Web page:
'He deserves to come home': Family pleads for release of Lombard native held captive by Taliban

  • Lombard native Mark Frerichs, a civil engineer, is being held hostage by the Taliban.

    Lombard native Mark Frerichs, a civil engineer, is being held hostage by the Taliban. Courtesy of Charlene Cakora

  • "We want our troops to come home safely to their families, but my brother is a Navy veteran and a good man -- he deserves to come home to his family, too," said the sister of Mark Frerichs, the Lombard native held hostage by the Taliban.

    "We want our troops to come home safely to their families, but my brother is a Navy veteran and a good man -- he deserves to come home to his family, too," said the sister of Mark Frerichs, the Lombard native held hostage by the Taliban. Courtesy of Charlene Cakora

  • Mark Frerichs, the Lombard native who is being held by the Taliban in Afghanistan, served in the Navy.

    Mark Frerichs, the Lombard native who is being held by the Taliban in Afghanistan, served in the Navy. Courtesy of Charlene Cakora

  • Mark Frerichs was abducted in Afghanistan more than a year and a half ago.

    Mark Frerichs was abducted in Afghanistan more than a year and a half ago. Courtesy of Charlene Cakora

  • Mark Frerichs, a contractor from Lombard, poses in Iraq in this undated photo obtained from Twitter that he would include with his resume when job hunting. Frerichs was abducted in Afghanistan in January 2020.

    Mark Frerichs, a contractor from Lombard, poses in Iraq in this undated photo obtained from Twitter that he would include with his resume when job hunting. Frerichs was abducted in Afghanistan in January 2020. Twitter via AP

 
 
Updated 8/16/2021 11:29 PM

One day after the Taliban seized control of Afghanistan, the sister of a Lombard native held hostage by the insurgent group pleaded with U.S. government officials to secure his release, taking her family's appeal directly to the White House.

Mark Frerichs, a civil engineer and Navy veteran, was abducted in the Afghan capital of Kabul at the end of January 2020.

 

On Monday, his sister, Charlene Cakora, said she and her husband met with officials from the National Security Council, State Department, Federal Bureau of Investigation and Department of Justice in an effort to bring Frerichs home.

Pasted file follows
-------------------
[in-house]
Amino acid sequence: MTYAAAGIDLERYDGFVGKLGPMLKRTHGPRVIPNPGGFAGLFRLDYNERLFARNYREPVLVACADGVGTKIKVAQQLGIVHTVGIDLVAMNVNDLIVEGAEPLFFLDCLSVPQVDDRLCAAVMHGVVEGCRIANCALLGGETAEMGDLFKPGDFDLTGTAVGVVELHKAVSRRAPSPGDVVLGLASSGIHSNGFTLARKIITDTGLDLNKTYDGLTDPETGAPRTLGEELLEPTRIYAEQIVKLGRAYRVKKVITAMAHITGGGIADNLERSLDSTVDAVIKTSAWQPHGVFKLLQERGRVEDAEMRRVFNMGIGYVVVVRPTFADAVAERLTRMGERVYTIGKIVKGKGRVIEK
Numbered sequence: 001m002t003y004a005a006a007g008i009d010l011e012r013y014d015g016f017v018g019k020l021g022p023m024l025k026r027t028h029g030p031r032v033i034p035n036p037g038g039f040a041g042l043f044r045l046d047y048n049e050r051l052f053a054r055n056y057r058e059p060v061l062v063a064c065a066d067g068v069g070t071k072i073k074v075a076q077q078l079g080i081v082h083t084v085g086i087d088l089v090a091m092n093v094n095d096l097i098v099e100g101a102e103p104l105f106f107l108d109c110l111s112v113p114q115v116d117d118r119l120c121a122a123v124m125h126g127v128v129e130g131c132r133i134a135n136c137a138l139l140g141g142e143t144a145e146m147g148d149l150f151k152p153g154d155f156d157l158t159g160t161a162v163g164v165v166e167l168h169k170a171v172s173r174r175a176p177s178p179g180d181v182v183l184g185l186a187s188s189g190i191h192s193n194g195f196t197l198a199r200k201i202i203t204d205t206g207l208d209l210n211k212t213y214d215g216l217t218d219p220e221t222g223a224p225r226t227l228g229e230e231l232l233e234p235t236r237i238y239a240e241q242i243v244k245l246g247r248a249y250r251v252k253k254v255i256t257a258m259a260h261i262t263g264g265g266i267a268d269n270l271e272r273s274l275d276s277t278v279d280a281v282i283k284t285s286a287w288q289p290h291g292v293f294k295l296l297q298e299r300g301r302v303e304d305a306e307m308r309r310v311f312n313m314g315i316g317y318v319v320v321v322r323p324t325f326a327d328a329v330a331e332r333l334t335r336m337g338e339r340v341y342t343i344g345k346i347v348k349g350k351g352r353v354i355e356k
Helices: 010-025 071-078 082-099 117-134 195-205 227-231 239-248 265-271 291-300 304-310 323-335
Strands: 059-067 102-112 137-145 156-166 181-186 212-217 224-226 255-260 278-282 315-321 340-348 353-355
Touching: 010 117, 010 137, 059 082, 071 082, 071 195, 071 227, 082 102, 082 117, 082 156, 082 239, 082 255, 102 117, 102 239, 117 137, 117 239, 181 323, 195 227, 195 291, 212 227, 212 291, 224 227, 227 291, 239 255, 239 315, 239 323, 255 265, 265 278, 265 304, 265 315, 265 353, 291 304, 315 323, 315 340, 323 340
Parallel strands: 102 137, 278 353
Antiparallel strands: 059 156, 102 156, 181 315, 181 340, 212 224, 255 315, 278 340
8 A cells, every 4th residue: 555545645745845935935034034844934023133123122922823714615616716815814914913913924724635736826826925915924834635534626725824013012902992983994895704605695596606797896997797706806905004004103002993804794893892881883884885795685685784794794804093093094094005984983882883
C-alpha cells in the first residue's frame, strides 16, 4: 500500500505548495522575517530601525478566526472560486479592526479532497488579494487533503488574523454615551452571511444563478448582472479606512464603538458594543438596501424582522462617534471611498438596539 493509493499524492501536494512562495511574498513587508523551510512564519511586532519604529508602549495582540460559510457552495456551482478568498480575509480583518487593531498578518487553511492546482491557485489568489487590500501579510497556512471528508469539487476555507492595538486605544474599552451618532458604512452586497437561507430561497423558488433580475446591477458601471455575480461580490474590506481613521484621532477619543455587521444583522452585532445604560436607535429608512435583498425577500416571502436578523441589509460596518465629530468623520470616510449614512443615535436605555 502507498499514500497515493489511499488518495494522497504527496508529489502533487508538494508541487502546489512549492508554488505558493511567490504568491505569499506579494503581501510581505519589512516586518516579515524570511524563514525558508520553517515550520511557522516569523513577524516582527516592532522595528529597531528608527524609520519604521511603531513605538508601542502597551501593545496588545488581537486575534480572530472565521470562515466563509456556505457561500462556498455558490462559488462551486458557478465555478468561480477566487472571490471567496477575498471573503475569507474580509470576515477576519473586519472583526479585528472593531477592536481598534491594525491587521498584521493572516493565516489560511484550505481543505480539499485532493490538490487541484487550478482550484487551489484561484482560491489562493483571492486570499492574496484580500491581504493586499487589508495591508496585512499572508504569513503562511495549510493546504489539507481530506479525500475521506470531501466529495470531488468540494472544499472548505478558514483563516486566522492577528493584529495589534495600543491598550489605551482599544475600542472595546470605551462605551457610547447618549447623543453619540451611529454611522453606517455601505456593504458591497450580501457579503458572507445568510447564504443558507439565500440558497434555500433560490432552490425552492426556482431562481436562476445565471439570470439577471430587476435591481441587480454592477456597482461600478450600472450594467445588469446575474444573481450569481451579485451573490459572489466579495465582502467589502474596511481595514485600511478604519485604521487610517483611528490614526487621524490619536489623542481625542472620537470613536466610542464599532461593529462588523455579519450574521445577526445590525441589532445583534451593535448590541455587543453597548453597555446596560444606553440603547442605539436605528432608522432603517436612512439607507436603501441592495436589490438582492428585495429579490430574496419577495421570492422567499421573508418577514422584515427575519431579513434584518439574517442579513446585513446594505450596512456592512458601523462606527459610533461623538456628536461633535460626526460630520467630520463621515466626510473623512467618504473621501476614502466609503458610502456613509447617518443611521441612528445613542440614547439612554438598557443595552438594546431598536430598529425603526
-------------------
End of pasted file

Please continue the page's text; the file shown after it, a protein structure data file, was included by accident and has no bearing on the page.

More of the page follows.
Cakora said she was at the White House just before President Joe Biden addressed the "rapid collapse" of the Afghan government to Taliban forces. Biden made no mention of Frerichs in his speech.

"We don't question the President's reasons for getting out of Afghanistan," Cakora said in a statement. "We needed to hear why he didn't use any leverage to get my brother home and what he's prepared to do now."

The family and other advocates have voiced frustrations with both the Biden and Trump administrations over their handling of negotiations to free Frerichs.

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"We have been begging government officials in this administration to make Mark's freedom a priority," Cakora said. "We listened to government people during the last administration telling us to be patient -- but they never lifted a finger to free my brother. We have been hearing the same things from this administration. They kept telling us they had time, they had leverage. Well, they didn't."

Cakora also responded to published reports that the Taliban has sought the release of a drug trafficker sentenced to life in U.S. prison in exchange for Frerichs.

"We don't like the idea of seeing a drug trafficker go free, but that is who the Taliban wants," Cakora said. "He's been in prison here for 16 years. If sending him home gets my brother back safely to us, I support it."

As far as she can tell, Cakora said the prisoner swap is "the only viable option."

"If the Biden administration is not prepared to support this trade, then they need to tell us what they are prepared to do instead," she said.

                                                                                                                                                                                                                       
 

On the anniversary of Frerichs' abduction, Illinois' two Democratic senators raised concerns that the exit of American troops in Afghanistan would leave U.S. officials without their "largest point of leverage" in talks to free him and other American hostages in Afghanistan and Pakistan.

"Further troop withdrawals that are not conditioned upon the release of American hostages will likely make it harder to subsequently secure their release," Sens. Dick Durbin of Springfield and Tammy Duckworth of Hoffman Estates wrote in a letter to Biden in January.

Durbin on Monday said: "We must ensure we bring all Americans, including Mark Frerichs, safely home. And we must also keep our commitment to help those Afghans who helped the U.S. effort to safely leave as well."

And Duckworth issued a statement Monday night. "Right now, my attention is focused on the evacuation, which includes ensuring our nation leaves absolutely no stone unturned in our efforts to secure the safe return of my constituents, including American hostage Mark Frerichs, as well as all Americans in Afghanistan and on safely evacuating as many of our Afghan partners as possible."

Frerichs went to Glenbard East High School in Lombard. His father, Art Frerichs, has lived in town since 1960.

"He's very talented, and he's pretty much like a MacGyver," Art Frerichs said. "He can come up with a lot of solutions for any problem."

His son had been living in Kabul, working as a civil engineer, for 10 years before his kidnapping.

"We want our troops to come home safely to their families, but my brother is a Navy veteran and a good man -- he deserves to come home to his family, too," Cakora said. "We have been patient and we trusted our government. Now we need results."

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